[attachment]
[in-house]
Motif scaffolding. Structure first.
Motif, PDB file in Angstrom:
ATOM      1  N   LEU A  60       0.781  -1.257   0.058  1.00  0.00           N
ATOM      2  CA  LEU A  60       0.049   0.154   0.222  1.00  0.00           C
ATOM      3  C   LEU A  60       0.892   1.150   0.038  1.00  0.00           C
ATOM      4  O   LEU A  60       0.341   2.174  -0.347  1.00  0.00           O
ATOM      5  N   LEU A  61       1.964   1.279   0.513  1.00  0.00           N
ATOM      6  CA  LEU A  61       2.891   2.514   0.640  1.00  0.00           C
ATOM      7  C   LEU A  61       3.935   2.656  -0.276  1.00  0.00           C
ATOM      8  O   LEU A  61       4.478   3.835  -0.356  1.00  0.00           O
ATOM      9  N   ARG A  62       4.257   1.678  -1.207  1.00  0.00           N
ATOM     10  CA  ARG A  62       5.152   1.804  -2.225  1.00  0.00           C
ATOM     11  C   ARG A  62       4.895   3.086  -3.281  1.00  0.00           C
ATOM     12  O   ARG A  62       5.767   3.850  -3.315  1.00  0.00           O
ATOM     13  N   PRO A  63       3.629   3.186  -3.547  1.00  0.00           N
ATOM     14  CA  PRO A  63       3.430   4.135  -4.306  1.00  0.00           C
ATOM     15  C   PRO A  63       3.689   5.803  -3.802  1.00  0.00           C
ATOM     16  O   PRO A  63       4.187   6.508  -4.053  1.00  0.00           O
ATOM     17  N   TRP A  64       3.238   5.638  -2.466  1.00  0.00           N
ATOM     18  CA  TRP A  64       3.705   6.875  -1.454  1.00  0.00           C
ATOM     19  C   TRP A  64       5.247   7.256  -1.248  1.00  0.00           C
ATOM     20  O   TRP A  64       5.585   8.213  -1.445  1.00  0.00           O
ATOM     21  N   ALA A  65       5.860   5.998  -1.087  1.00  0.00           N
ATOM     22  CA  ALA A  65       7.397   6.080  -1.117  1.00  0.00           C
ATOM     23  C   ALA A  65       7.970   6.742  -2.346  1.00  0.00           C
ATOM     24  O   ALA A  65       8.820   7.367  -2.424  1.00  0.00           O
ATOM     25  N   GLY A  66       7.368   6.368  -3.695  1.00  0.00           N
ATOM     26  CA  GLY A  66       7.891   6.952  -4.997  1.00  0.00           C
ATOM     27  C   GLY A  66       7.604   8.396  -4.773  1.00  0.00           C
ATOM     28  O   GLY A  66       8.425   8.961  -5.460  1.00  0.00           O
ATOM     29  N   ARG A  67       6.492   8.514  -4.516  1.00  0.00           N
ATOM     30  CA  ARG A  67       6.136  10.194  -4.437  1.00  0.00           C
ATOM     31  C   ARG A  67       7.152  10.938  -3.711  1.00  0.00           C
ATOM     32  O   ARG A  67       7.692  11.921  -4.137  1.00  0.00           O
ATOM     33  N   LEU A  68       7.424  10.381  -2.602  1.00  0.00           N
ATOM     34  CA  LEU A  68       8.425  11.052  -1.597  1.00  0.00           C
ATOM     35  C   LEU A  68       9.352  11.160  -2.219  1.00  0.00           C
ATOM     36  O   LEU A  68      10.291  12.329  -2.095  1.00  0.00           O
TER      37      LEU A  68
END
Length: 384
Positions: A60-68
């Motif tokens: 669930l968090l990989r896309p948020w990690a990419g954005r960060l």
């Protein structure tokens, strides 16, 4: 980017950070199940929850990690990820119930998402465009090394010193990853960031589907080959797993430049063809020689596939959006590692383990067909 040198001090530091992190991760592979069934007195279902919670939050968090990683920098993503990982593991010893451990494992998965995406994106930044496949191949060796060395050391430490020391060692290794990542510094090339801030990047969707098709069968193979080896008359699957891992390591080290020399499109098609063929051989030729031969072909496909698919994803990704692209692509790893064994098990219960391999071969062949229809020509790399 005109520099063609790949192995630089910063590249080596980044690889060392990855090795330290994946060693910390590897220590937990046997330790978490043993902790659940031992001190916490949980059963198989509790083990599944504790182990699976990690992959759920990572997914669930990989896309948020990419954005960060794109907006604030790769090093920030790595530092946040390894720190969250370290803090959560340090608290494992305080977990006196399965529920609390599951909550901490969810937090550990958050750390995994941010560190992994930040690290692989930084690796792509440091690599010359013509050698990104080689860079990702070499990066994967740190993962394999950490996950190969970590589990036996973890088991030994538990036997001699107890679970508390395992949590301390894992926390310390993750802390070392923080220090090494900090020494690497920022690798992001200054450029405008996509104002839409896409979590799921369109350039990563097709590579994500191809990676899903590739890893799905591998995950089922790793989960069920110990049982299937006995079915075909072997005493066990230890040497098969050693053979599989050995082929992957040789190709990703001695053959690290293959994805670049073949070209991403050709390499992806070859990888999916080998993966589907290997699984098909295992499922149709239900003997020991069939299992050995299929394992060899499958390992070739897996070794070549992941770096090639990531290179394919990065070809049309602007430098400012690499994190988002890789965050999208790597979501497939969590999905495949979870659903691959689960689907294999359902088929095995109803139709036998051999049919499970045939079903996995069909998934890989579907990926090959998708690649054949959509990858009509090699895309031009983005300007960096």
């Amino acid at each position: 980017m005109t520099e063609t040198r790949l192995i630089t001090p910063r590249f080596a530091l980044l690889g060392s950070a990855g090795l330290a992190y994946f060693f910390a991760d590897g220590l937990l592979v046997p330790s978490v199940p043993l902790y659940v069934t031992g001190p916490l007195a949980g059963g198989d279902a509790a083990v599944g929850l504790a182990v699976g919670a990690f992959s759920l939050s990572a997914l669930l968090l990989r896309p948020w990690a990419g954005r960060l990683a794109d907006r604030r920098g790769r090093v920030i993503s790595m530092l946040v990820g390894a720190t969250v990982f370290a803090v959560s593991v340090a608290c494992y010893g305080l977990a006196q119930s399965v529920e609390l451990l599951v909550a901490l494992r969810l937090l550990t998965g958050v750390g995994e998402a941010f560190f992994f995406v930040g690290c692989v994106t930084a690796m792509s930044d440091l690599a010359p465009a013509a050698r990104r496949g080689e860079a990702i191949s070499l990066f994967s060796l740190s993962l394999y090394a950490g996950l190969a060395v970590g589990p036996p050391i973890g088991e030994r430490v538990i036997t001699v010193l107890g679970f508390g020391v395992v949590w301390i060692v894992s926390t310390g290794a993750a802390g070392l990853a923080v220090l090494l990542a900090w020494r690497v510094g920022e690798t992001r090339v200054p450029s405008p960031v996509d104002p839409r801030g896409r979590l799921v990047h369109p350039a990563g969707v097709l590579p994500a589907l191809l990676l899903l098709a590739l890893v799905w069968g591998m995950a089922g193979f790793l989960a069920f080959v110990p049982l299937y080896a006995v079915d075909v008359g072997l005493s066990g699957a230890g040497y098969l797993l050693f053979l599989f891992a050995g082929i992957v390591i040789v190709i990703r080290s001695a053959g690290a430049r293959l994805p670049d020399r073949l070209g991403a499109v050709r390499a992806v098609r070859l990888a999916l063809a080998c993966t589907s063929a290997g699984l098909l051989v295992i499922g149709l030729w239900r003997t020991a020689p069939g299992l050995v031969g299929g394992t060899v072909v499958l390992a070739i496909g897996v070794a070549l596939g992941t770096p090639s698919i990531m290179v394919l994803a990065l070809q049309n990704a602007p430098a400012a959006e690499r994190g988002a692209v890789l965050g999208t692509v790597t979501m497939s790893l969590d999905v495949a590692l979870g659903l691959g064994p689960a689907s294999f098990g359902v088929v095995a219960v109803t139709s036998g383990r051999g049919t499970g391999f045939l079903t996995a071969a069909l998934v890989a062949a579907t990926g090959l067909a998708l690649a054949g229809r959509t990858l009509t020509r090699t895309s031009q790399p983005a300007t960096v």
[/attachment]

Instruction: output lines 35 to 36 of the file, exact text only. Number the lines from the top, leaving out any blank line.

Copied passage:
ATOM     32  O   ARG A  67       7.692  11.921  -4.137  1.00  0.00           O
ATOM     33  N   LEU A  68       7.424  10.381  -2.602  1.00  0.00           N